The Hyperpathic Syndrome: A Challenge to Specificity Theory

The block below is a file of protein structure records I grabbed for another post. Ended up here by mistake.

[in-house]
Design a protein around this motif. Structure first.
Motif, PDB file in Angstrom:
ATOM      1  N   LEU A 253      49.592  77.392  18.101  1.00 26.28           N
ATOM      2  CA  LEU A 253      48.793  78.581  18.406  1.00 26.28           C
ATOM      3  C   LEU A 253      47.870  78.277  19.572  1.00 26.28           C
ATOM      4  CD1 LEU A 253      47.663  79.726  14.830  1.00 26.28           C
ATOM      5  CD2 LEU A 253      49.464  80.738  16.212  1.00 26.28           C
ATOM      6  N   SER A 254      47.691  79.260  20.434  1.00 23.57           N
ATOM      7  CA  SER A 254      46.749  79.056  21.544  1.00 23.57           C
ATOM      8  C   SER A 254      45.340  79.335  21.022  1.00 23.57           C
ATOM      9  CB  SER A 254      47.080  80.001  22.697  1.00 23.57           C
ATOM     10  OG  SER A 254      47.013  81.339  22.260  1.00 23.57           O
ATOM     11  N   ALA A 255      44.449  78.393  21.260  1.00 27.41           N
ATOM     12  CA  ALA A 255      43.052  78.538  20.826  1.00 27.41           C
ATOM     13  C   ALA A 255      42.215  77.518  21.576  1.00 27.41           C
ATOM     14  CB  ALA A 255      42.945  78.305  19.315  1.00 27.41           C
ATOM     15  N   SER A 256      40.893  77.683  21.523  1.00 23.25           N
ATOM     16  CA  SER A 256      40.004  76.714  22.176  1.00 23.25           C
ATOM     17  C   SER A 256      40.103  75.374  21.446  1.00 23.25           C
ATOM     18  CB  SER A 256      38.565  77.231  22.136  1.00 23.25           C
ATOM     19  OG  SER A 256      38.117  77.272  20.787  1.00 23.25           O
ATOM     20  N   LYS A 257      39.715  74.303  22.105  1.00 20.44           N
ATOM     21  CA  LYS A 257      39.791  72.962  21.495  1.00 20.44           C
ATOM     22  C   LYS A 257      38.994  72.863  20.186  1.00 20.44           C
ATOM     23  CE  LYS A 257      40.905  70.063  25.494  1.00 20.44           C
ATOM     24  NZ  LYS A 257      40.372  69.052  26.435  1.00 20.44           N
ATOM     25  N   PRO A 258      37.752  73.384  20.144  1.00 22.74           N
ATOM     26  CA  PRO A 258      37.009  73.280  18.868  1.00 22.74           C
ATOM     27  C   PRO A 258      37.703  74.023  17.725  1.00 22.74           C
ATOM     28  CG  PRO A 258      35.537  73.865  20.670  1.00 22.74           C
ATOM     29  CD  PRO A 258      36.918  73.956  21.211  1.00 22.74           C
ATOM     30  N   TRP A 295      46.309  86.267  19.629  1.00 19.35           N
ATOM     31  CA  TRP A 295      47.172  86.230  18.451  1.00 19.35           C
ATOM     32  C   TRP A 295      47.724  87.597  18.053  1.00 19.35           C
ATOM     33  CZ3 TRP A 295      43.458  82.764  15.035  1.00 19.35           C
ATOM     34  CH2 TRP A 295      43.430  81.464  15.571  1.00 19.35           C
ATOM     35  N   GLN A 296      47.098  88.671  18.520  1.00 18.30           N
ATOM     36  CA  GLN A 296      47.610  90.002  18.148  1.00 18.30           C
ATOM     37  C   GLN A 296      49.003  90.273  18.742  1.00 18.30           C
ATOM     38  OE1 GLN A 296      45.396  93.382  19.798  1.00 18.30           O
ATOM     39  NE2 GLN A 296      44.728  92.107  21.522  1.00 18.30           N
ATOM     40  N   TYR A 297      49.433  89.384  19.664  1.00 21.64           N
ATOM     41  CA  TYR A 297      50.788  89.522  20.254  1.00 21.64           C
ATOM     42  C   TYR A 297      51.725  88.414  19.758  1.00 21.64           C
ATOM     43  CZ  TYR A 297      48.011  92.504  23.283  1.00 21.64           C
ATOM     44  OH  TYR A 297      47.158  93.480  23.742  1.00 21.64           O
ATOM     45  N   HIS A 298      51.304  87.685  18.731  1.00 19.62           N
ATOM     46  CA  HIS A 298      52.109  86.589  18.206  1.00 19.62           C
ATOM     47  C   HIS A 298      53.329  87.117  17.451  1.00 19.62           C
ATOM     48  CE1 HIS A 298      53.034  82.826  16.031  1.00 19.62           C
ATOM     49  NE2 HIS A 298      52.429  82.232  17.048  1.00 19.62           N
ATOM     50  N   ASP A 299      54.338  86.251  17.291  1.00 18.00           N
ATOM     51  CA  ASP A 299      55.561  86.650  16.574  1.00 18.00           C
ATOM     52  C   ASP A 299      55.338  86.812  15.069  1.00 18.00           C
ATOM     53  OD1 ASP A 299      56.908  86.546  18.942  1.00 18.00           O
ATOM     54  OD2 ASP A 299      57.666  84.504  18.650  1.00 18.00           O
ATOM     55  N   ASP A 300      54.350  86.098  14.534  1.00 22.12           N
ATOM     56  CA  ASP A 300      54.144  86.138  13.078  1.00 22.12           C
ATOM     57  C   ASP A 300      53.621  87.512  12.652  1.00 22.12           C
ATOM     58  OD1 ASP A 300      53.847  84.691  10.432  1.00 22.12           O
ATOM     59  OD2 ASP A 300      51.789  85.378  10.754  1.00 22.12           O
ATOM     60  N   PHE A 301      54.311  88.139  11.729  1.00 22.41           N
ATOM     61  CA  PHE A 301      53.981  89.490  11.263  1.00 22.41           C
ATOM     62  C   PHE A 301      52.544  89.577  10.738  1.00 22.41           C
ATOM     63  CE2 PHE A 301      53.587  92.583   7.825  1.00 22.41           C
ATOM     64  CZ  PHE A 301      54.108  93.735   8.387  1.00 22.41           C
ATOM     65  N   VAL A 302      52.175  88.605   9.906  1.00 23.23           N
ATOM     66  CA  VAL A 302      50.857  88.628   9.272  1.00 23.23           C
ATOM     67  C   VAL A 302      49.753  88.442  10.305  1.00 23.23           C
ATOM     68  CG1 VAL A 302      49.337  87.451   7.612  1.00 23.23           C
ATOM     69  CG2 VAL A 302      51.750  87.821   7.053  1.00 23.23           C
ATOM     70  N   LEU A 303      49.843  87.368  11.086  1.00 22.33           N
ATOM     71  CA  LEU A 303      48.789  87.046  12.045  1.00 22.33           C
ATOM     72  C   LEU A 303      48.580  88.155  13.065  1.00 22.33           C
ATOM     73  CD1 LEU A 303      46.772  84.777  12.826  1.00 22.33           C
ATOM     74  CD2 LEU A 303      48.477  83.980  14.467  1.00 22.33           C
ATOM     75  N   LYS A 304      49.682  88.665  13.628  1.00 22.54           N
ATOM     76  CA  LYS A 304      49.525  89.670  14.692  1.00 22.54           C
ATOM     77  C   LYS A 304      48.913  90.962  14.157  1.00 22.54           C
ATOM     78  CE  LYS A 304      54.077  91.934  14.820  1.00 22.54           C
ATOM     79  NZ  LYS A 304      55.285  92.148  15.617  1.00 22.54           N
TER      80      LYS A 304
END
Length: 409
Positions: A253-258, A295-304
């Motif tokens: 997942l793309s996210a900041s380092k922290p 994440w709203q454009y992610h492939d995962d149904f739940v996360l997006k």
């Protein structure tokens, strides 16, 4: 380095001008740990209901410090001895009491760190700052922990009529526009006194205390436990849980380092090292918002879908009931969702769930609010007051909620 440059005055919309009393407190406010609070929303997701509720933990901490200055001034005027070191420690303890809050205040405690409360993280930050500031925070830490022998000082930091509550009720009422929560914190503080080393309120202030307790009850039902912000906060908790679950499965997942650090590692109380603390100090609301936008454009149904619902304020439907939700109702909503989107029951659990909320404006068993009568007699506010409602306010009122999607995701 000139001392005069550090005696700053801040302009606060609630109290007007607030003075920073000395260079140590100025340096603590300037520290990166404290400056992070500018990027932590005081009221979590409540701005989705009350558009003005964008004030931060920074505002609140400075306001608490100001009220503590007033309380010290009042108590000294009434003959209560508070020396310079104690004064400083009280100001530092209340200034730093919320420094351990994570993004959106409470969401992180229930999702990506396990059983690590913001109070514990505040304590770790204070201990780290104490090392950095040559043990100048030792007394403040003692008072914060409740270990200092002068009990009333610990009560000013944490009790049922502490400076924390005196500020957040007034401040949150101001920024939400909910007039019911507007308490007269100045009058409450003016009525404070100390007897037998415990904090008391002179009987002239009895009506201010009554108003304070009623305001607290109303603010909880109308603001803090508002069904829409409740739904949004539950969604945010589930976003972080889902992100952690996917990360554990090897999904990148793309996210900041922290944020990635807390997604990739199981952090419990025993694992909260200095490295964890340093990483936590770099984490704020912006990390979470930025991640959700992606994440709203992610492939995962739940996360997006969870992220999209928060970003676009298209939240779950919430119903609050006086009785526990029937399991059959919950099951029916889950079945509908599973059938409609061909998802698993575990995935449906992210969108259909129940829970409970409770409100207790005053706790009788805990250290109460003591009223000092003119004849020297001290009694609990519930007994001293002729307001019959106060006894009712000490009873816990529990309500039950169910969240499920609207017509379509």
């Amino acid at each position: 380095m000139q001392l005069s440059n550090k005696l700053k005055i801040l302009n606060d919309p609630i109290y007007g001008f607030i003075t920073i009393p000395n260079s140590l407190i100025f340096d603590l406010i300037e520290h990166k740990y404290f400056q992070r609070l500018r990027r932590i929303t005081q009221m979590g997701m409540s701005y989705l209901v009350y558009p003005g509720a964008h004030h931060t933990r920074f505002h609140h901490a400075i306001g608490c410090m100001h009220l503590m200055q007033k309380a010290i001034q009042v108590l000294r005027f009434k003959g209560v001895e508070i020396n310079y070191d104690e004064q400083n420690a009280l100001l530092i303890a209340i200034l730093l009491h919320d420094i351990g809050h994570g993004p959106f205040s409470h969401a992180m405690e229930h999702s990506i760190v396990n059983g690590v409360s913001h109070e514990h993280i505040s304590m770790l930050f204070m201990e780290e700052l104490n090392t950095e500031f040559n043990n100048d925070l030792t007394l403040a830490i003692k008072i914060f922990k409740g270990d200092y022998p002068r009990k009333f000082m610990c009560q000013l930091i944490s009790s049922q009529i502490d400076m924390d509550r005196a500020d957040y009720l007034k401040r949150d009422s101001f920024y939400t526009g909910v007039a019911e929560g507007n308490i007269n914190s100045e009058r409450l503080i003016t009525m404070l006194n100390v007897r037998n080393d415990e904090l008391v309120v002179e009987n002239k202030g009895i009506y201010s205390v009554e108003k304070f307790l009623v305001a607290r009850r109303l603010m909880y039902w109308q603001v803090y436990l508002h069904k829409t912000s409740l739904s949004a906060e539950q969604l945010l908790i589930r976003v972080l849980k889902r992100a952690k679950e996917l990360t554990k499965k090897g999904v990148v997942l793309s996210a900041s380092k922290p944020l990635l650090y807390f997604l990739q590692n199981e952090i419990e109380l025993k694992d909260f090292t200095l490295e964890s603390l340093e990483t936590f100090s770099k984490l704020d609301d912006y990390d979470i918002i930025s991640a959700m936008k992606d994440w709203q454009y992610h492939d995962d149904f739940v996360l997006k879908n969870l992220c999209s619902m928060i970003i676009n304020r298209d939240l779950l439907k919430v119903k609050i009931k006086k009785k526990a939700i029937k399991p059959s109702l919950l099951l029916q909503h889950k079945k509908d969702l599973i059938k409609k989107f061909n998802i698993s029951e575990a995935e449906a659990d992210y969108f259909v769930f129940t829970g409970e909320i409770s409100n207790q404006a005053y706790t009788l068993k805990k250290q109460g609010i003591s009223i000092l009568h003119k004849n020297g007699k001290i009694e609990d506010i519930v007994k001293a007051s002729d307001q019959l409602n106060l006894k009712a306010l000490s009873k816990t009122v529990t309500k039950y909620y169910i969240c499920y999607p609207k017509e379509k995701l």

Yngve Zotterman influenced our way of thinking in many ways. One was the tactic he shared with his master, Lord Adrian, which was to start in the periphery and to attribute as many sensory phenomena as possible to particular types of afferent fibres. This eminently sensible initial tactic has been carried to an extreme by a number of authors, into the claim that the sole origin of pain is activity in a particular type of fibre, the nociceptor. Since they have assigned the monopoly of extracting this quality of sensory experience to a specific fibre type in the periphery, the only role they can allow to central synaptic processes is to control the amplitude of sensation without affecting its quality or location. The central nervous system is seen to consist of a series of labelled line pain specific pathways whose gain may change but not their information content. The adherents of the specificity theory are wrong for many reasons, one of which is the subject of this paper, the hyperpathic syndrome. Like any syndrome, this consists of a grouping of signs and symptoms, each present in varying degrees in particular cases. It is necessary to propose a theory to explain the syndrome as an entity and not to explain one fraction such as primary hyperalgesia and then to imply that the whole is explained. We have to explain why the following characteristics are grouped together.
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